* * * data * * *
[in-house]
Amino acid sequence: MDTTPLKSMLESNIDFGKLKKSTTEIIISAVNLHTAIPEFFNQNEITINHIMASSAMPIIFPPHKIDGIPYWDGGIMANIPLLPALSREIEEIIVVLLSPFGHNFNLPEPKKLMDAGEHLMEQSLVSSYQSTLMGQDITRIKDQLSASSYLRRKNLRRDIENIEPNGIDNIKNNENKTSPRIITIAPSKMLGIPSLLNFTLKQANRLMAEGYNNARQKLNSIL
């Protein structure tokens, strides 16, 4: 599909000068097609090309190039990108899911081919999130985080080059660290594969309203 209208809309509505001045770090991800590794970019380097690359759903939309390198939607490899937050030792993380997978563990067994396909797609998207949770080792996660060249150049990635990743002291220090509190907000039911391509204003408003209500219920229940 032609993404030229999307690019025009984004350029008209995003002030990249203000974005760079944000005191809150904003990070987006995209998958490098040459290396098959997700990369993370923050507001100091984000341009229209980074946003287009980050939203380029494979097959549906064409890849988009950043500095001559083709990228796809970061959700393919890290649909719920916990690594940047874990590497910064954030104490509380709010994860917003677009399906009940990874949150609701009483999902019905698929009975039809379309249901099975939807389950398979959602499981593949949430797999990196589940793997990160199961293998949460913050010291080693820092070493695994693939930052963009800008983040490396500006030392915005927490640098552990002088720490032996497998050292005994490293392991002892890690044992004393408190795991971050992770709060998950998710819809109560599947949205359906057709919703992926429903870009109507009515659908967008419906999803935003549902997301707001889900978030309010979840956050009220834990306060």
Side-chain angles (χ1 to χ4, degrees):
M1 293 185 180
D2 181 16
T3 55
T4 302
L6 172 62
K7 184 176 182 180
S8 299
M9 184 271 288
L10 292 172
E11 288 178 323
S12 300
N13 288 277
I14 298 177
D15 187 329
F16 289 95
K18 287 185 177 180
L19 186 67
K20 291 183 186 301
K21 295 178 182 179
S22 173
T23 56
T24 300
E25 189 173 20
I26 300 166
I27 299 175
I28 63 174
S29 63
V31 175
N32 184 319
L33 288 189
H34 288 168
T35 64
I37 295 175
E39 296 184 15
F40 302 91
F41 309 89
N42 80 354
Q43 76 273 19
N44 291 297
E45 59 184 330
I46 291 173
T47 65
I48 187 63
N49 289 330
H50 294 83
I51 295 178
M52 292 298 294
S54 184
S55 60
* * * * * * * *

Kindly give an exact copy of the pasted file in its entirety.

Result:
[in-house]
Amino acid sequence: MDTTPLKSMLESNIDFGKLKKSTTEIIISAVNLHTAIPEFFNQNEITINHIMASSAMPIIFPPHKIDGIPYWDGGIMANIPLLPALSREIEEIIVVLLSPFGHNFNLPEPKKLMDAGEHLMEQSLVSSYQSTLMGQDITRIKDQLSASSYLRRKNLRRDIENIEPNGIDNIKNNENKTSPRIITIAPSKMLGIPSLLNFTLKQANRLMAEGYNNARQKLNSIL
């Protein structure tokens, strides 16, 4: 599909000068097609090309190039990108899911081919999130985080080059660290594969309203 209208809309509505001045770090991800590794970019380097690359759903939309390198939607490899937050030792993380997978563990067994396909797609998207949770080792996660060249150049990635990743002291220090509190907000039911391509204003408003209500219920229940 032609993404030229999307690019025009984004350029008209995003002030990249203000974005760079944000005191809150904003990070987006995209998958490098040459290396098959997700990369993370923050507001100091984000341009229209980074946003287009980050939203380029494979097959549906064409890849988009950043500095001559083709990228796809970061959700393919890290649909719920916990690594940047874990590497910064954030104490509380709010994860917003677009399906009940990874949150609701009483999902019905698929009975039809379309249901099975939807389950398979959602499981593949949430797999990196589940793997990160199961293998949460913050010291080693820092070493695994693939930052963009800008983040490396500006030392915005927490640098552990002088720490032996497998050292005994490293392991002892890690044992004393408190795991971050992770709060998950998710819809109560599947949205359906057709919703992926429903870009109507009515659908967008419906999803935003549902997301707001889900978030309010979840956050009220834990306060």
Side-chain angles (χ1 to χ4, degrees):
M1 293 185 180
D2 181 16
T3 55
T4 302
L6 172 62
K7 184 176 182 180
S8 299
M9 184 271 288
L10 292 172
E11 288 178 323
S12 300
N13 288 277
I14 298 177
D15 187 329
F16 289 95
K18 287 185 177 180
L19 186 67
K20 291 183 186 301
K21 295 178 182 179
S22 173
T23 56
T24 300
E25 189 173 20
I26 300 166
I27 299 175
I28 63 174
S29 63
V31 175
N32 184 319
L33 288 189
H34 288 168
T35 64
I37 295 175
E39 296 184 15
F40 302 91
F41 309 89
N42 80 354
Q43 76 273 19
N44 291 297
E45 59 184 330
I46 291 173
T47 65
I48 187 63
N49 289 330
H50 294 83
I51 295 178
M52 292 298 294
S54 184
S55 60